Newscast for Monday, October 10, 2011
- Year: 2011
- Length: 29:01 minutes (26.56 MB)
- Format: MP3 Mono 44kHz 128Kbps (CBR)
As Occupy movement gains steam, some in DC join Columbus Day protest
The Occupy movement spread over the weekend across the US. In Minneapolis, protesters occupied Government Plaza and were joined on Friday by the mayor and a city council member. In DeS Moines, Iowa police arrested 32 at the State Capitol late on Sunday. Participants intended to camp out, and vow they’ll be back. In Cincinnatti, local media says that about 60 people have camped out in Piatt Park for a third day, despite some receiving citations for sleeping overnight and threats of removal by local police. And In New York, thousands marched on Saturday from Zucotti Park up to Washington Square Park, for what protesters called a Second General Assembly. Washington D.C. has two occupations, and both are growing. This morning, some of them joined protesters who marked Columbus Day by sharing an anti-colonialist message. Alice Ollstein has the story.
Company with ties to TransCanada conducted environmental study for Keystone XL Pipeline
Critics of TransCanada’s Keystone XL Pipeline have pointed to the possibility of massive environmental damage - whether in the form of oil spills, damage to the Great Plains Ogallala aquifer, or the release of tons of carbon from the Albert tar sands. Supporters of the project have long countered these arguments by pointing to a State Department study that concluded earlier this year that the project would have “minimal environmental impact.” Now it’s come out that the Environmental Impact Statement was conducted by a Houston-based contractor, with ties to TransCanada, raising serious questions of possible conflicts of interest. For more details, we go to John Echeverria, an expert in Environmental Law and professor of law at Vermont Law School.
New voting laws could restrict access to polls in upcoming elections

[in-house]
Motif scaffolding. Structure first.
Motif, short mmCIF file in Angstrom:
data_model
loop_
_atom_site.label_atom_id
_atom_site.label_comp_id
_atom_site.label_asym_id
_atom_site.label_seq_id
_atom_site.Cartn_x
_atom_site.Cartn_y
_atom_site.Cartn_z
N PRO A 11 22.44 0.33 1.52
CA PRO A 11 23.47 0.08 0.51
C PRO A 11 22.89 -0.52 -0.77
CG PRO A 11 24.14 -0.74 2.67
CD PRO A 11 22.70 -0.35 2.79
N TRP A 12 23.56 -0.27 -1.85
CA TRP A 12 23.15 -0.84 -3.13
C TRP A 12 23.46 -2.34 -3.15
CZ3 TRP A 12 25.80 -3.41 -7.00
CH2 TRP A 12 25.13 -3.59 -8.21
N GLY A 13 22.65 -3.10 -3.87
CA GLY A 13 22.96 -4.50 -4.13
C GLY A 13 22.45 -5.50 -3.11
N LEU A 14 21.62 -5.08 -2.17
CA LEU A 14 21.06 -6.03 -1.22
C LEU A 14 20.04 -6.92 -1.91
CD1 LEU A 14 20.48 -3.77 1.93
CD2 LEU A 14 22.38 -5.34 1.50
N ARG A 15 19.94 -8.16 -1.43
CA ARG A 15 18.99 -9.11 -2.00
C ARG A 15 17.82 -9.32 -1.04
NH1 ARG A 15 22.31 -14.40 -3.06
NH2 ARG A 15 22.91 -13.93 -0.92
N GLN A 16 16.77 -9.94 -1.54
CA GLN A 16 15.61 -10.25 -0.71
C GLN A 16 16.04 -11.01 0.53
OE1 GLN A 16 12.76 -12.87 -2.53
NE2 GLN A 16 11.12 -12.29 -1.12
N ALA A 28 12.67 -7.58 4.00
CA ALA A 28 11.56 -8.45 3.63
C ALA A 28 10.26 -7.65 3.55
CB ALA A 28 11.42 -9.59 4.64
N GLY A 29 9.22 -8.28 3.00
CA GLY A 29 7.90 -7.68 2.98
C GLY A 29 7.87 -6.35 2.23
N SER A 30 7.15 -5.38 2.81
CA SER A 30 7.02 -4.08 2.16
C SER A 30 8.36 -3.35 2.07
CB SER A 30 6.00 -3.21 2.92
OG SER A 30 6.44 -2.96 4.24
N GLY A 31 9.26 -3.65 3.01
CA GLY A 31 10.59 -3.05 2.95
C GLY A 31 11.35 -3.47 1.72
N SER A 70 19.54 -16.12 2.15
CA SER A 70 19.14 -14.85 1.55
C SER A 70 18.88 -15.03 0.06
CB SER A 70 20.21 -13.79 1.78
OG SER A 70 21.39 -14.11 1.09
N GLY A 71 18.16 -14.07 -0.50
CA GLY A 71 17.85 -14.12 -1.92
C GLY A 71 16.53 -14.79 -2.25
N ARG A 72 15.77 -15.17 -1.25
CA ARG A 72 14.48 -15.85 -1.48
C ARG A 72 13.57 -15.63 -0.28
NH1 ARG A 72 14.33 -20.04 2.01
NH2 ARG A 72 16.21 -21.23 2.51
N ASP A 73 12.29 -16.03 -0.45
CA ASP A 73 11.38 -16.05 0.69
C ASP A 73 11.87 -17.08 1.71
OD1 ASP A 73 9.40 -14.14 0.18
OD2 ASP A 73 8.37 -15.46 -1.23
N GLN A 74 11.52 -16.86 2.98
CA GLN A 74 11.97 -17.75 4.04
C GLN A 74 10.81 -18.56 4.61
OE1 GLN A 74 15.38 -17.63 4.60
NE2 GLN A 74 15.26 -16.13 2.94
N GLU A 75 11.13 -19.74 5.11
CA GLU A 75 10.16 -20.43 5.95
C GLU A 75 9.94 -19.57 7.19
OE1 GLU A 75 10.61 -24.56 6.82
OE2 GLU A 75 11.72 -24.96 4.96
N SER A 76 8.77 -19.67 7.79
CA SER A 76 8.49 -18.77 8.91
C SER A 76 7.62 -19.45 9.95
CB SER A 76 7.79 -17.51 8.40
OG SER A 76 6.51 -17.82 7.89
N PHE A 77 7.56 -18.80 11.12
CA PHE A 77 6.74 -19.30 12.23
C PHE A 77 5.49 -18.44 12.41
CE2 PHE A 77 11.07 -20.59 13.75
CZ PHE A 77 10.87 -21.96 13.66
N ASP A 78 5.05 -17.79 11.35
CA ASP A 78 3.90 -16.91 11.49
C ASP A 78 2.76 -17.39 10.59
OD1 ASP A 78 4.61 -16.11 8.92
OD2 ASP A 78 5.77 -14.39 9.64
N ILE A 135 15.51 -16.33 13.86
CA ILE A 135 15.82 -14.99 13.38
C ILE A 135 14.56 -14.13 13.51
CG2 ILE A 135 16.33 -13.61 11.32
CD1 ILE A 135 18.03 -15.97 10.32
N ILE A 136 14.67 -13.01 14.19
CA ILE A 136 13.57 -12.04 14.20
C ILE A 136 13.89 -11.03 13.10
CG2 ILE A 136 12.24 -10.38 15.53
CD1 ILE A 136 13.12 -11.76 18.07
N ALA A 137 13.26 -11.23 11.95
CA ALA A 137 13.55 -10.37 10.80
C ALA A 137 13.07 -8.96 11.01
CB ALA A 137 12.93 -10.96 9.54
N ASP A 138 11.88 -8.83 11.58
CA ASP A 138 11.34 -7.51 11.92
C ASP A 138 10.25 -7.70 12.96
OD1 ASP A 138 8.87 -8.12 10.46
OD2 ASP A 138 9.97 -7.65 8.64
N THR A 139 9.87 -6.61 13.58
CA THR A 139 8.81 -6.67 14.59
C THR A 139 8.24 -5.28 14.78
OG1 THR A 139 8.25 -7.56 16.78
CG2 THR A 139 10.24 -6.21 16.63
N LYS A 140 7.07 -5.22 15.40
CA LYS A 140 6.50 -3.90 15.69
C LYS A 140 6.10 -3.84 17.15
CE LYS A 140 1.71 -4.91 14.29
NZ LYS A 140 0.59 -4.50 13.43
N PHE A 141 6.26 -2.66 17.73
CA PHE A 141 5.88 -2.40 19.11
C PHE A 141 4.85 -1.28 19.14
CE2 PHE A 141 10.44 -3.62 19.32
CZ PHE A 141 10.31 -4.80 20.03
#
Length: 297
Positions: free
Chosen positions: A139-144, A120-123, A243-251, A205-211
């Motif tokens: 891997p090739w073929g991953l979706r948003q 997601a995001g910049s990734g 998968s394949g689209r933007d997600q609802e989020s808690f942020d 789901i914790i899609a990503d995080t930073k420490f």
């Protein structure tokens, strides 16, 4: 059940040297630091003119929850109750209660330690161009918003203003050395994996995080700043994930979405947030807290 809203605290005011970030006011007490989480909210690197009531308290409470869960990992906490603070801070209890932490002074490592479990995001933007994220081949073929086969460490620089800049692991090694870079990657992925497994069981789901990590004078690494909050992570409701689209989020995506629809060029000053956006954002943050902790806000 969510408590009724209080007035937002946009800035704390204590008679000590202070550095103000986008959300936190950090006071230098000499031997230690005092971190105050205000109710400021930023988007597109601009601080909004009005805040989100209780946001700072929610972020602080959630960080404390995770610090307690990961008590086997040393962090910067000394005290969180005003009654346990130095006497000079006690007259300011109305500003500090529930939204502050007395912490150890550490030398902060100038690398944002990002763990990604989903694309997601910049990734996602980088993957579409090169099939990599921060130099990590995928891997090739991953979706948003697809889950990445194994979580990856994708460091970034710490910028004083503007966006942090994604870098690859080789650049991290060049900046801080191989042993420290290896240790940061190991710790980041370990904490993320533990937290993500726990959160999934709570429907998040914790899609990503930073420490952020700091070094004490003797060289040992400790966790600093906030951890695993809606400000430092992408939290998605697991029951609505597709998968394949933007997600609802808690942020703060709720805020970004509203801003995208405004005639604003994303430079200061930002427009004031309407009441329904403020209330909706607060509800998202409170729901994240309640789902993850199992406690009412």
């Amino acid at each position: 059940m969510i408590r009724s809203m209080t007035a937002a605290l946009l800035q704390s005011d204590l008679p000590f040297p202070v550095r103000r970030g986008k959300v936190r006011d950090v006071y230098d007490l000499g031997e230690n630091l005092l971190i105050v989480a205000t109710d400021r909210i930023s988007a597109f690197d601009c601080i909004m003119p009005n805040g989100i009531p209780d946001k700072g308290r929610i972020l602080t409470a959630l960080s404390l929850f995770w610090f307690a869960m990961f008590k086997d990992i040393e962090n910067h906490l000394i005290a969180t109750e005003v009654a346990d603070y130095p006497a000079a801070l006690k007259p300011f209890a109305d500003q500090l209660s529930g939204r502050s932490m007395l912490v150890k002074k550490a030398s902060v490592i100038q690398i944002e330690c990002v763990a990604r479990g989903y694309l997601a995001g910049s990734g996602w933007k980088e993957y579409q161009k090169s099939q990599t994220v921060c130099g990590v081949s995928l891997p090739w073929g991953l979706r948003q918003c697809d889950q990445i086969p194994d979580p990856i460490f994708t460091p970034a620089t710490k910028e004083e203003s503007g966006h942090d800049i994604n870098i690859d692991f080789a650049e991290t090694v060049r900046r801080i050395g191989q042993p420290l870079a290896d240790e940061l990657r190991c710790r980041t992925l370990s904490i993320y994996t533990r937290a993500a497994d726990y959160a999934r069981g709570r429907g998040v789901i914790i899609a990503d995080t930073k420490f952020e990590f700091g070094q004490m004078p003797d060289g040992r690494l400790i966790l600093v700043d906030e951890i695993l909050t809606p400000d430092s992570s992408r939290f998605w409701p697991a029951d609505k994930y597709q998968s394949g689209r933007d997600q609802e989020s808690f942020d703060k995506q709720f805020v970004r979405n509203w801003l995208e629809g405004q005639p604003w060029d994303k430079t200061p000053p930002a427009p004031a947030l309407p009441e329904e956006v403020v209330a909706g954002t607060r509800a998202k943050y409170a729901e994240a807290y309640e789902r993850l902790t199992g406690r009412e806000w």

In a move that could have lasting effects for voters in the upcoming election season, lawmakers have passed changes in requirements for voting or voter registration in 13 states and are proposing changes in 21 more. In response, campaigns to push back against Voter ID laws are active both on the local level and in Washington. A new report by the Brennan Center is the first to quantify the potential impact of these laws, which it says disproportionately affects Democratic voters. Michael Lawson reports.
Cairo clashes pit security forces against Coptic Christians, with deadly outcome
Today, Egypt's government held an emergency meeting following a series of bloody clashes in Cairo on Sunday night, which pitted Coptic Christian protestors against Egyptian security forces. During the clashes, some Egyptian Muslims turned out in support of the Copts while others took the side of the army. The death toll is still unclear but at least 25 people have been reported killed. Hundreds were injured. Noel King reports from Cairo.
Iranian Kurdish rebels agree to cease-fire, refugees remain wary
For the first time since they took up arms, guerrillas from the Party for Free Life in Kurdistan, also known as PJAK, have reached a mutual cease-fire with the Iranian government. But after years of conflict, civilians are still living in refugee camps and skeptical the peace will last. David Enders reports from the Qandil Mountains in northern Iraq.